And ISF has some clout. The international organization can bring many seed associations and industry stakeholders to the table from around the world to discuss LLP in seed policy. For example, 70 countries were represented at ISF’s midterm meetings in Montreal, Que., held last October, at which LLP in seed was on the agenda.

In September, the sixth Seed Congress of the Americas held in Cartagena, Colombia, also tabled some time to discuss the issue.

Tasked with reporting back to the Canadian government and AAFC’s Seed Sector Value Chain Roundtable about the bigger international conversations taking place at these meetings and elsewhere about LLP in seed, is AAFC’s Low Level Presence in Seed Working Group.

Adopted by the value chain roundtable in 2013, the working group shares information and ensures the industry is well informed and up-to-date on international initiatives relating to LLP in seed, including the efforts of ISF and other countries.

“At this point, it’s not so much about policy development as keeping everyone in the loop and making sure they know the Canadian perspective,” says Carey, who now chairs the working group. “Whatever policy is developed internationally must reflect the needs of CSTA’s members so they can do business,” he says.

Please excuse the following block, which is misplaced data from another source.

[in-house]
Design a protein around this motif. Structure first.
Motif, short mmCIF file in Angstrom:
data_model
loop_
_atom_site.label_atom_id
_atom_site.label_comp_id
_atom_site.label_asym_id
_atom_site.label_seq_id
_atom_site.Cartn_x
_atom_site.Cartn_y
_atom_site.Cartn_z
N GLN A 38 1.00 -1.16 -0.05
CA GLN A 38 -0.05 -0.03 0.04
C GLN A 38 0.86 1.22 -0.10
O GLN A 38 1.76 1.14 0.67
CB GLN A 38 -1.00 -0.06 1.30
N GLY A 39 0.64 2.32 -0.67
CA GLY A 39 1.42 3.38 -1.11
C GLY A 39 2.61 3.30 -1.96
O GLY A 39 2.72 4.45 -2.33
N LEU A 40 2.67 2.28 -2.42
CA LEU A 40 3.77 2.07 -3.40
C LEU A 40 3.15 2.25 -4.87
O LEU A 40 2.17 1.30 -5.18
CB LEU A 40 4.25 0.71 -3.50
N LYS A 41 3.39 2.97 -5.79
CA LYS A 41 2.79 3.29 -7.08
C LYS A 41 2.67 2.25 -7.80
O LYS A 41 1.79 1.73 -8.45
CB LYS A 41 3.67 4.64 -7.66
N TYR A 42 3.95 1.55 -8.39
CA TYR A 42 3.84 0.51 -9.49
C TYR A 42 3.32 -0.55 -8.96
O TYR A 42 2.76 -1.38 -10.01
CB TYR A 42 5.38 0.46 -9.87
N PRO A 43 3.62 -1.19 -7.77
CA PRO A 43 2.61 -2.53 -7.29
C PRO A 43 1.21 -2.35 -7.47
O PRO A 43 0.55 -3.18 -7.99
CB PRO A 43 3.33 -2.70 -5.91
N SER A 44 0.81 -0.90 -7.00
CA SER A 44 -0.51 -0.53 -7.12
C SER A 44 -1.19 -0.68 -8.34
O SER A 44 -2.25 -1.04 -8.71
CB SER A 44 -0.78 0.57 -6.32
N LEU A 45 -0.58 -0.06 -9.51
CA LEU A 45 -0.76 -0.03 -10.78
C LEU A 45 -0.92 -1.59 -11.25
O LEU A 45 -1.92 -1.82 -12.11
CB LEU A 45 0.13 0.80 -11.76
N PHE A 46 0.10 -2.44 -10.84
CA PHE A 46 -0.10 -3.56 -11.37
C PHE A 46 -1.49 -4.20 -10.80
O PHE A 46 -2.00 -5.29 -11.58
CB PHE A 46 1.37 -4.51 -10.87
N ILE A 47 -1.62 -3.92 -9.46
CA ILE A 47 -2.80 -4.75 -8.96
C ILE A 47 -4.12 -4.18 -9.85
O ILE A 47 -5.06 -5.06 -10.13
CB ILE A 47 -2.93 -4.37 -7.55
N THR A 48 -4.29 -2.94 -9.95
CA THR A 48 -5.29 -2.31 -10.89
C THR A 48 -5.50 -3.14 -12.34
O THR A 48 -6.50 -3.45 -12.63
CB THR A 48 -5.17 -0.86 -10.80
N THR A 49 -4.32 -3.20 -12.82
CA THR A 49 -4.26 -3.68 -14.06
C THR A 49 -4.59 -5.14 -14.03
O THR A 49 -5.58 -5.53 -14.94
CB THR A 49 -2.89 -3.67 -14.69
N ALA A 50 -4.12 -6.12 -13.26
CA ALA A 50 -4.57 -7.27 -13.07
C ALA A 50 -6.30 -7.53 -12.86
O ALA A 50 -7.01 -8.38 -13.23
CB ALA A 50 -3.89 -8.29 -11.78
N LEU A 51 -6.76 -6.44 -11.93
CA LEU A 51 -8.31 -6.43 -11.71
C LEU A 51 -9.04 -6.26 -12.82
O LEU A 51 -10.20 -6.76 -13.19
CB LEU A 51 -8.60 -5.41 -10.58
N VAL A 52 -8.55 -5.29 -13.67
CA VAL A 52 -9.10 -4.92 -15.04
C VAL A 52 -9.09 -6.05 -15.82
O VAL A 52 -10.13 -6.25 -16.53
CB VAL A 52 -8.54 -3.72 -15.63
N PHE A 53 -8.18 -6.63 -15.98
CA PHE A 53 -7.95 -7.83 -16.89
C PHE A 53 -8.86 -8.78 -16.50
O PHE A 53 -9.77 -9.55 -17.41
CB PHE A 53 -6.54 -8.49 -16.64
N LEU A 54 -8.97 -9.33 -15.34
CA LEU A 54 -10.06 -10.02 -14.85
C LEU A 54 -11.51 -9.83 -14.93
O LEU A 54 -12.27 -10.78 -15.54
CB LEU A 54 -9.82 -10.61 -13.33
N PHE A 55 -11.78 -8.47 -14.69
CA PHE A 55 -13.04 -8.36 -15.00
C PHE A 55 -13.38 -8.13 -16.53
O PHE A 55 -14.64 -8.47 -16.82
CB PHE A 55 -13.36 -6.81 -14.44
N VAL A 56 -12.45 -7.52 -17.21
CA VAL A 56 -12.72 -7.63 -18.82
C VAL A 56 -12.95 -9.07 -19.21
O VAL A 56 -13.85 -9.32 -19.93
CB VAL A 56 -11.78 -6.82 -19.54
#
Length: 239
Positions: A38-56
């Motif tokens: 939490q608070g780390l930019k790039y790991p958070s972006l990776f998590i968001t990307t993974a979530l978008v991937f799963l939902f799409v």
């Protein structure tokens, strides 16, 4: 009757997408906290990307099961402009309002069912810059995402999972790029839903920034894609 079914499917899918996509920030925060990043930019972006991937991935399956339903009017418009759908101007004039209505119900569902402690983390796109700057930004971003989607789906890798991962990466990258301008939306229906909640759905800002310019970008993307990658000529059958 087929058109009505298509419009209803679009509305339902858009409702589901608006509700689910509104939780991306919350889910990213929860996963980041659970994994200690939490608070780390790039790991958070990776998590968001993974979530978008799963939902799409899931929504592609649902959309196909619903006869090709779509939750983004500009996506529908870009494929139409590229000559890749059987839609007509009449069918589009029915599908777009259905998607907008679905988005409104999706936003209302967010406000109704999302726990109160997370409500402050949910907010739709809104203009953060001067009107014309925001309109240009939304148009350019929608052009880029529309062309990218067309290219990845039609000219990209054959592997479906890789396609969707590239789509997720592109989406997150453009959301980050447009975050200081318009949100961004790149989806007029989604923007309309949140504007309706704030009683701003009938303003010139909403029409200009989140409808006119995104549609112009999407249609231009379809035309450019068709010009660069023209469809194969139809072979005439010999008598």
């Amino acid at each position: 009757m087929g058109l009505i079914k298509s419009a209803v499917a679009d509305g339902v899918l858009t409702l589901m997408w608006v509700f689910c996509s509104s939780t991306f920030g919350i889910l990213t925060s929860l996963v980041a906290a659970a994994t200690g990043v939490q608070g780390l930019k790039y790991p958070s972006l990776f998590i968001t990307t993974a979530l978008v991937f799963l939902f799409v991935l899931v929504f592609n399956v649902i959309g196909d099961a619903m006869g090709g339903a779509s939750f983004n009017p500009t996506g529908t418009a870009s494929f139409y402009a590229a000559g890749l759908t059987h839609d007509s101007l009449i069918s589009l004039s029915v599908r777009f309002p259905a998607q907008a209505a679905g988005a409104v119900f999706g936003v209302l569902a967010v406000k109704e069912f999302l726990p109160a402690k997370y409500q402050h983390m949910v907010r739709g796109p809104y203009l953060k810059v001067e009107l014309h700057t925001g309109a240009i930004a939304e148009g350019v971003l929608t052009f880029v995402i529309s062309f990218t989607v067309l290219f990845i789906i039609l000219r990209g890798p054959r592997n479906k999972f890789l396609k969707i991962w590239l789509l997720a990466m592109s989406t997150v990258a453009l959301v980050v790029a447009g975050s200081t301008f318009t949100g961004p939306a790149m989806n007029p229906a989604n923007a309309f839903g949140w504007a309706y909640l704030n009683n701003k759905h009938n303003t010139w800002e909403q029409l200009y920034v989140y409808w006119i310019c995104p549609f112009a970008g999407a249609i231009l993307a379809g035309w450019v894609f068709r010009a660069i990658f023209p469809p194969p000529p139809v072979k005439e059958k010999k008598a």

The working group will also review the policymaking process undertaken for LLP policy in grain. “You can’t underestimate the complexity of [LLP]. In some countries, LLP or GM is still a hot topic,” says Carey about lessons learned from domestic grain LLP policy development.

“Make sure your consultations are holistic and you haven’t forgotten any value chain partners, and it’s a policy that’s reproducible. One reason it takes so long is you have to make sure you’re bringing everyone along and you’re getting buy-in as you go.”

Affleck also considers consultation an important part of the process, adding a straightforward, open path toward policy development is helpful.

“Canada’s approach to be transparent and consultative in their development of a [grain] LLP policy was the right approach. It allowed industry to discuss the challenges they’re encountering and for government to discuss their issues, and for us to come together with a model policy that was well received by all parties involved,” says Affleck.

Ian Affleck serves as executive director of plant biotechnology for CropLife Canada.

However, expect the LLP in seed policy development process to be driven by industry rather than government, says Carey.